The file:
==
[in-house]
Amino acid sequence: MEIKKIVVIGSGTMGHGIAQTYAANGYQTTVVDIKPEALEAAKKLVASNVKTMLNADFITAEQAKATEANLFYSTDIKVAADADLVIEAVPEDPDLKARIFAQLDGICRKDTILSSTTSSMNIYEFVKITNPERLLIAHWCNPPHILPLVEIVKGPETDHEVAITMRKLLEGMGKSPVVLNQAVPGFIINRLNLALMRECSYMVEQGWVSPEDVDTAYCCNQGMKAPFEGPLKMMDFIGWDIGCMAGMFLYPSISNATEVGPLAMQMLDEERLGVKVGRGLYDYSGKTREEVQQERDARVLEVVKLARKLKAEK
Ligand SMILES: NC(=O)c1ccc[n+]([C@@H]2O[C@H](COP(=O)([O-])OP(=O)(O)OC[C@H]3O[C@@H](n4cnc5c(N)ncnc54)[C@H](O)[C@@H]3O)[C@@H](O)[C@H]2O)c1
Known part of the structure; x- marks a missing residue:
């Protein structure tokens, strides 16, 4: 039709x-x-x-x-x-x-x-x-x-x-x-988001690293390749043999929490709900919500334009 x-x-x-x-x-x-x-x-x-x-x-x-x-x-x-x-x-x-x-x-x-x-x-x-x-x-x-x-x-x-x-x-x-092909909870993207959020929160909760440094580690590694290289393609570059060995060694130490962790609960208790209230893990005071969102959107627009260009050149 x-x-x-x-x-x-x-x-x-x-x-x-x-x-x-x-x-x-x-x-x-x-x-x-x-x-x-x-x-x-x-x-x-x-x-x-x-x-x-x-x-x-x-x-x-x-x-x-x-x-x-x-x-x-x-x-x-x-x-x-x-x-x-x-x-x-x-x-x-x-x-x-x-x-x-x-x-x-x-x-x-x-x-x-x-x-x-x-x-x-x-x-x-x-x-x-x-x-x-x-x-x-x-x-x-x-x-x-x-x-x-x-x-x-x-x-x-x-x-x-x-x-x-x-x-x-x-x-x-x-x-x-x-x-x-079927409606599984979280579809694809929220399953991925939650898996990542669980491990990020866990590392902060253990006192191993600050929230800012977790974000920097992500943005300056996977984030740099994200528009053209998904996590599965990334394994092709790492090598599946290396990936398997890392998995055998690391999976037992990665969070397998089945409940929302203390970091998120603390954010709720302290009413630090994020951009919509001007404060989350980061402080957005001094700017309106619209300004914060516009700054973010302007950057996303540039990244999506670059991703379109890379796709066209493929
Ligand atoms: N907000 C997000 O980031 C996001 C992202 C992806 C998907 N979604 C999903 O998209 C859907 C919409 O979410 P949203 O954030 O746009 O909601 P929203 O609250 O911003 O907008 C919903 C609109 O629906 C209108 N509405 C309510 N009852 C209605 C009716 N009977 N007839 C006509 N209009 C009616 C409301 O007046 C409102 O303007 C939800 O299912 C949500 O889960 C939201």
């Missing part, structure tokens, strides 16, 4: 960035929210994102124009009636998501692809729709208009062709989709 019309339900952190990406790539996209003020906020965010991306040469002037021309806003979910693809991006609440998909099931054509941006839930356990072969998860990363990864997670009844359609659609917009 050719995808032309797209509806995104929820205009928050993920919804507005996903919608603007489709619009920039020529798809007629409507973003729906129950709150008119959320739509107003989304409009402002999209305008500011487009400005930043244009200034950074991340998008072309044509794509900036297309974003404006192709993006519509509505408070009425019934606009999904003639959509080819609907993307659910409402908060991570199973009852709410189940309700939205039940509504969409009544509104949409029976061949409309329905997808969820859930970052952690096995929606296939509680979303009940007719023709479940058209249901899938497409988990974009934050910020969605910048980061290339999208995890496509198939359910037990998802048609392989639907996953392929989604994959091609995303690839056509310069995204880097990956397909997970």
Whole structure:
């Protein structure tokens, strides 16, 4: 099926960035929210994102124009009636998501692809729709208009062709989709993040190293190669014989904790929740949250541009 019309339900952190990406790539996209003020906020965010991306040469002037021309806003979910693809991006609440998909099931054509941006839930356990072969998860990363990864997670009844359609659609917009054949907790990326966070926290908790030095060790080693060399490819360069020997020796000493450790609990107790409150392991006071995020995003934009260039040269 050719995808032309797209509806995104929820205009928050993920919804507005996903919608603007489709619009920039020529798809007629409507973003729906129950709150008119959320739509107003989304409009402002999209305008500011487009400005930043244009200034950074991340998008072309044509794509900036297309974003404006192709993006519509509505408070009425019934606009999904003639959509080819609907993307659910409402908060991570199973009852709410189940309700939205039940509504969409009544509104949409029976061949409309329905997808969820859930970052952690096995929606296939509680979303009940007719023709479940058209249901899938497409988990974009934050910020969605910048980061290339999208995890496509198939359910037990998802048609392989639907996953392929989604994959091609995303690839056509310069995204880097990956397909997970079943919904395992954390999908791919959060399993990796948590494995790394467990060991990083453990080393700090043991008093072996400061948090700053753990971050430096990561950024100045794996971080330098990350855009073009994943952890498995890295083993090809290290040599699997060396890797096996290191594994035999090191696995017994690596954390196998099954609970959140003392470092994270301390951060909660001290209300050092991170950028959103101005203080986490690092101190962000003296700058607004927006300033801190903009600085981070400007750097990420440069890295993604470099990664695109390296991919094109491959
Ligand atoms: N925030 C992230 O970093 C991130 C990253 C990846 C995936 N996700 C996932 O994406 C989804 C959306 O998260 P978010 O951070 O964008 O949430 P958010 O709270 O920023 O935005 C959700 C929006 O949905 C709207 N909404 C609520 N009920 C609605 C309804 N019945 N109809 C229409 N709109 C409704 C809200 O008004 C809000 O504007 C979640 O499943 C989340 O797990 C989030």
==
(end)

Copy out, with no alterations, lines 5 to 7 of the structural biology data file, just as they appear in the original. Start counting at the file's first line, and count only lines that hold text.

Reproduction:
């Protein structure tokens, strides 16, 4: 039709x-x-x-x-x-x-x-x-x-x-x-988001690293390749043999929490709900919500334009 x-x-x-x-x-x-x-x-x-x-x-x-x-x-x-x-x-x-x-x-x-x-x-x-x-x-x-x-x-x-x-x-x-092909909870993207959020929160909760440094580690590694290289393609570059060995060694130490962790609960208790209230893990005071969102959107627009260009050149 x-x-x-x-x-x-x-x-x-x-x-x-x-x-x-x-x-x-x-x-x-x-x-x-x-x-x-x-x-x-x-x-x-x-x-x-x-x-x-x-x-x-x-x-x-x-x-x-x-x-x-x-x-x-x-x-x-x-x-x-x-x-x-x-x-x-x-x-x-x-x-x-x-x-x-x-x-x-x-x-x-x-x-x-x-x-x-x-x-x-x-x-x-x-x-x-x-x-x-x-x-x-x-x-x-x-x-x-x-x-x-x-x-x-x-x-x-x-x-x-x-x-x-x-x-x-x-x-x-x-x-x-x-x-x-079927409606599984979280579809694809929220399953991925939650898996990542669980491990990020866990590392902060253990006192191993600050929230800012977790974000920097992500943005300056996977984030740099994200528009053209998904996590599965990334394994092709790492090598599946290396990936398997890392998995055998690391999976037992990665969070397998089945409940929302203390970091998120603390954010709720302290009413630090994020951009919509001007404060989350980061402080957005001094700017309106619209300004914060516009700054973010302007950057996303540039990244999506670059991703379109890379796709066209493929
Ligand atoms: N907000 C997000 O980031 C996001 C992202 C992806 C998907 N979604 C999903 O998209 C859907 C919409 O979410 P949203 O954030 O746009 O909601 P929203 O609250 O911003 O907008 C919903 C609109 O629906 C209108 N509405 C309510 N009852 C209605 C009716 N009977 N007839 C006509 N209009 C009616 C409301 O007046 C409102 O303007 C939800 O299912 C949500 O889960 C939201």
């Missing part, structure tokens, strides 16, 4: 960035929210994102124009009636998501692809729709208009062709989709 019309339900952190990406790539996209003020906020965010991306040469002037021309806003979910693809991006609440998909099931054509941006839930356990072969998860990363990864997670009844359609659609917009 050719995808032309797209509806995104929820205009928050993920919804507005996903919608603007489709619009920039020529798809007629409507973003729906129950709150008119959320739509107003989304409009402002999209305008500011487009400005930043244009200034950074991340998008072309044509794509900036297309974003404006192709993006519509509505408070009425019934606009999904003639959509080819609907993307659910409402908060991570199973009852709410189940309700939205039940509504969409009544509104949409029976061949409309329905997808969820859930970052952690096995929606296939509680979303009940007719023709479940058209249901899938497409988990974009934050910020969605910048980061290339999208995890496509198939359910037990998802048609392989639907996953392929989604994959091609995303690839056509310069995204880097990956397909997970």